• Annual fee – Most cards with a 0% intro offer have no annual fee, although there are a few that do, so check before committing.

Comparing two 0% interest card offers

As we mentioned, there are a number of factors to consider when choosing your 0% intro APR card, including rewards, length of the purchase and balance transfer offers, annual fee and balance transfer fee.

Here, we look at the Amex EveryDay®† Card and the Chase Freedom Unlimited. Both have no annual fee and both offer 0% intro APR on balance transfers and purchases for 15 months. After that, the Freedom Unlimited has a higher go-to APR of 16.49%-25.24% variable, while the EveryDay’s is 13.99%-24.99% variable.<

For our purposes we average that consumers spent $21,765 on consumer credit cards in 2018, based on our analysis of this 2019 Bureau of Consumer Financial Protection report. The same consumer had an average of $5,294 of card debt. We compare the cards in the first year of card membership; the second year; and the benefits offered.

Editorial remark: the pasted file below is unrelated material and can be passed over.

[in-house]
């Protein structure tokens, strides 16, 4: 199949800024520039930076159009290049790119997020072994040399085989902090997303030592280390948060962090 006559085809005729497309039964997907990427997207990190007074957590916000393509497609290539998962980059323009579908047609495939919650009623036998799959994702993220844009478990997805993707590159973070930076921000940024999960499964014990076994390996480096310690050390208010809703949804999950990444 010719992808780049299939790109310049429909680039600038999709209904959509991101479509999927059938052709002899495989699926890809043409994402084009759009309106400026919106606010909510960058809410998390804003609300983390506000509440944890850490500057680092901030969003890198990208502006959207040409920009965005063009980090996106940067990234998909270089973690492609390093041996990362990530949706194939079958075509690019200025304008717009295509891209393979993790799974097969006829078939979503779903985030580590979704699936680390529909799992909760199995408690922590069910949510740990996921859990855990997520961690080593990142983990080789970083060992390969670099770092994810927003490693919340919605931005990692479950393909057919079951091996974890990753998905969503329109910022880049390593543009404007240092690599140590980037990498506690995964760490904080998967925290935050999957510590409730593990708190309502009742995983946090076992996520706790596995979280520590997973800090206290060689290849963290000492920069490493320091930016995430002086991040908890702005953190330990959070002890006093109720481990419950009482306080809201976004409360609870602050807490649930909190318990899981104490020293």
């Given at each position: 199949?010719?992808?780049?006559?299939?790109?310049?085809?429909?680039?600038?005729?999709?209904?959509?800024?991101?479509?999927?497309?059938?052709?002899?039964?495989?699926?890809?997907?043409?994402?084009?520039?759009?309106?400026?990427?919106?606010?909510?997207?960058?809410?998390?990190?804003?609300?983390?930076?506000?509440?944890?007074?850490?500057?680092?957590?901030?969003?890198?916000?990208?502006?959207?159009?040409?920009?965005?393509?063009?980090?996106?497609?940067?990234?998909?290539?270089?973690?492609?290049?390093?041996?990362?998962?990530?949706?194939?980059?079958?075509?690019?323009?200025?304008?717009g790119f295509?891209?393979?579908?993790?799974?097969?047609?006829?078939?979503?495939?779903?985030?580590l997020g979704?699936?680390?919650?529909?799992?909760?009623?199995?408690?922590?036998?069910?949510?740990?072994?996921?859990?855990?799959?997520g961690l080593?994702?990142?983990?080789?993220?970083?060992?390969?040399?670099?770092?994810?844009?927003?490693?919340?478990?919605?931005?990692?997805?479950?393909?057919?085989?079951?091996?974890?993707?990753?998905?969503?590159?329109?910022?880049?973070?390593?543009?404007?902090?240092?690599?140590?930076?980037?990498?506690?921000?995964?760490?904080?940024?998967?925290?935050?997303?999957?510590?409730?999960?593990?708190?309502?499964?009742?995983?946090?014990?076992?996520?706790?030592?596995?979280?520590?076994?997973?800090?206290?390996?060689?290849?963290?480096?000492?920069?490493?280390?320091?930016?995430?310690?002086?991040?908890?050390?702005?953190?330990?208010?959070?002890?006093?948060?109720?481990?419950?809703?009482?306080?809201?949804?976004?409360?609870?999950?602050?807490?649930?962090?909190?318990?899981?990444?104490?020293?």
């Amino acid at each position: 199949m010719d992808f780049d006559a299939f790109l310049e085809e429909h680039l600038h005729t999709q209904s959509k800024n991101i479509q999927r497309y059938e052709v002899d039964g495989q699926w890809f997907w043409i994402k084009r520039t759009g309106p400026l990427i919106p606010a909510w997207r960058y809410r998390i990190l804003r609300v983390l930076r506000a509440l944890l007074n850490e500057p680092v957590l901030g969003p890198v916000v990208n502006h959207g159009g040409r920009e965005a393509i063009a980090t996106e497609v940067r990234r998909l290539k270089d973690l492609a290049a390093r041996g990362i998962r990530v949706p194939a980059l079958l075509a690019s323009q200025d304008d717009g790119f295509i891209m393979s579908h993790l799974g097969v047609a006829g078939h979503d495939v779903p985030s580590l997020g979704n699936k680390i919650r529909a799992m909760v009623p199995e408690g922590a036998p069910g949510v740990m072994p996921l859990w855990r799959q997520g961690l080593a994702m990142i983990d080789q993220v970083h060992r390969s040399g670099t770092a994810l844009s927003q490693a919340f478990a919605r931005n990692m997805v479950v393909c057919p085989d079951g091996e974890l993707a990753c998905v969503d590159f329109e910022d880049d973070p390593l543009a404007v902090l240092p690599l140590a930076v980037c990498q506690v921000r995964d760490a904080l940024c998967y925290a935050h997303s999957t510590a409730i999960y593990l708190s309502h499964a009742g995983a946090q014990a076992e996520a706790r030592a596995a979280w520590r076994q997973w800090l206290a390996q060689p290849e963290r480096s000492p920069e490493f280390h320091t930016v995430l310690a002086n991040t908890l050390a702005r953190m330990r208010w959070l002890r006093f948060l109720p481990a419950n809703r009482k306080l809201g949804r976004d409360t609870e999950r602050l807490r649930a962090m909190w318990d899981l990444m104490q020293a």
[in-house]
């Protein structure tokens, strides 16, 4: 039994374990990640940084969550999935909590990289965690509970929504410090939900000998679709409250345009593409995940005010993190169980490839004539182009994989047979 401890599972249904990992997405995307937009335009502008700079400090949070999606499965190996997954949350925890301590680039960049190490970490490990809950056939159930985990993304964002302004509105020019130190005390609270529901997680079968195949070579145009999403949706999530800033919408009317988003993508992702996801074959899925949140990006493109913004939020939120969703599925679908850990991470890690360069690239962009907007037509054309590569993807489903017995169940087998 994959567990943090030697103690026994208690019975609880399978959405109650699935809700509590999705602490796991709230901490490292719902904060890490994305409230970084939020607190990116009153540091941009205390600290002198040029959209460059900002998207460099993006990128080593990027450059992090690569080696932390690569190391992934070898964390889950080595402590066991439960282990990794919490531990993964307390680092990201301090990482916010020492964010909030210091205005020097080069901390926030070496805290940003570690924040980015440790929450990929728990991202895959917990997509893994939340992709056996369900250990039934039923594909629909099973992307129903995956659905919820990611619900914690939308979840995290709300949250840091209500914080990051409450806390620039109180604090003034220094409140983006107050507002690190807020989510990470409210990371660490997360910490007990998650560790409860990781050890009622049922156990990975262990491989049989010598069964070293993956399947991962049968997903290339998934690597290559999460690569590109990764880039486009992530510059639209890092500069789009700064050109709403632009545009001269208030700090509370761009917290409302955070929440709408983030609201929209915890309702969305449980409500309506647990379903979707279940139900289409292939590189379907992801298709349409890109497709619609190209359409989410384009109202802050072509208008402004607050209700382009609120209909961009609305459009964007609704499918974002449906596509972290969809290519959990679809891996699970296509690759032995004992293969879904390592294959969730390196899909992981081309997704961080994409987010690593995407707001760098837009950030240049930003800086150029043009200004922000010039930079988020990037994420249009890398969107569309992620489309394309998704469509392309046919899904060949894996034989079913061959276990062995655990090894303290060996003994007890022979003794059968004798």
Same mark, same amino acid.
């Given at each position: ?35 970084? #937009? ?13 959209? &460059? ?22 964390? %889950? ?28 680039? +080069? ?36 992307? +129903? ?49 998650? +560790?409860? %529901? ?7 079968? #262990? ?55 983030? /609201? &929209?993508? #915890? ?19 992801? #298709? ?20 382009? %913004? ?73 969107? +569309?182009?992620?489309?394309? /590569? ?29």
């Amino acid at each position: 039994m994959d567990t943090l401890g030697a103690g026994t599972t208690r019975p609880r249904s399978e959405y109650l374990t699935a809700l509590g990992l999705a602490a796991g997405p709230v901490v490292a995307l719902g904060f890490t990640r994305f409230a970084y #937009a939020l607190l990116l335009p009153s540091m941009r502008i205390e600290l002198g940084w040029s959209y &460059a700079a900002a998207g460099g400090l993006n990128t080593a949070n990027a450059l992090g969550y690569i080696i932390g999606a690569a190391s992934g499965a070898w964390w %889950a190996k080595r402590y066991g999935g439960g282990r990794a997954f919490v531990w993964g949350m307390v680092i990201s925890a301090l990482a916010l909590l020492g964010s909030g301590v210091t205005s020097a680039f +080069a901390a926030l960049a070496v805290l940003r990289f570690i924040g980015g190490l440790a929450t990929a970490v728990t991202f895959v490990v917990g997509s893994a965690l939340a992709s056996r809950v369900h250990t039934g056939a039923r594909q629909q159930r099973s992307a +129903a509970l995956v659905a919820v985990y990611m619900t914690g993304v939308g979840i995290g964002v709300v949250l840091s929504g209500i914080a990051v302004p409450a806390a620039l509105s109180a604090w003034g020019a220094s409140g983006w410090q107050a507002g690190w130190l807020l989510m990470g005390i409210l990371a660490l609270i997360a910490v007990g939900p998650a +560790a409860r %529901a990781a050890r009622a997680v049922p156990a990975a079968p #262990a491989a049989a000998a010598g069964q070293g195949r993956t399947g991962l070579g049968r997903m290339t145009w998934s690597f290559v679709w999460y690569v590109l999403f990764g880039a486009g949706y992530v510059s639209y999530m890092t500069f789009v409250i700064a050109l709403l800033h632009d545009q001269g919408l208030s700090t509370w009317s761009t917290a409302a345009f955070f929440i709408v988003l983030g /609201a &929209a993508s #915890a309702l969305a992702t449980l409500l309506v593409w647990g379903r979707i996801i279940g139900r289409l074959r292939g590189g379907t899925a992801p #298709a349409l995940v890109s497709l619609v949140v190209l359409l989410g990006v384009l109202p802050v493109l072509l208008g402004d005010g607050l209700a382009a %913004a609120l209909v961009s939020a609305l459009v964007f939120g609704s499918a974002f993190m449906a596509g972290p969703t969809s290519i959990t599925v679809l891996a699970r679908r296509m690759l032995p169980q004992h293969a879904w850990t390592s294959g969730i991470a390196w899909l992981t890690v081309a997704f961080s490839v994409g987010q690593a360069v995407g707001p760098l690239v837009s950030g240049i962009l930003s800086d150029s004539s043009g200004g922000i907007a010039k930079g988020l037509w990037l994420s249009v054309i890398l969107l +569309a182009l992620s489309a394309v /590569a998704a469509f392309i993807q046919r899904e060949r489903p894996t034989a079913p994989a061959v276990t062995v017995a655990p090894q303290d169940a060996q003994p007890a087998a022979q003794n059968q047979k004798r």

Compare the 1st year value

Card: Amex EveryDay†
Amex EveryDay card
Chase Freedom Unlimited
Chase Freedom Unlimited
Welcome offer: 10,000 points ($100)
after $1,000 spend in first 3 months
$150
after $500 spend within first 3 months
Rewards rate: 2 points per dollar on U.S. supermarket purchases ($6,000 limit on purchases per year, 1% thereafter),
1 point per dollar other purchases
1.5% cash back on all purchases
Spending: Groceries: $5,005*2 points=
10,010 points ($100)
Other qualified purchases: $16,758*1 point=
16,758 points ($168)
20% bonus on qualified purchases: 26,768 points*20%=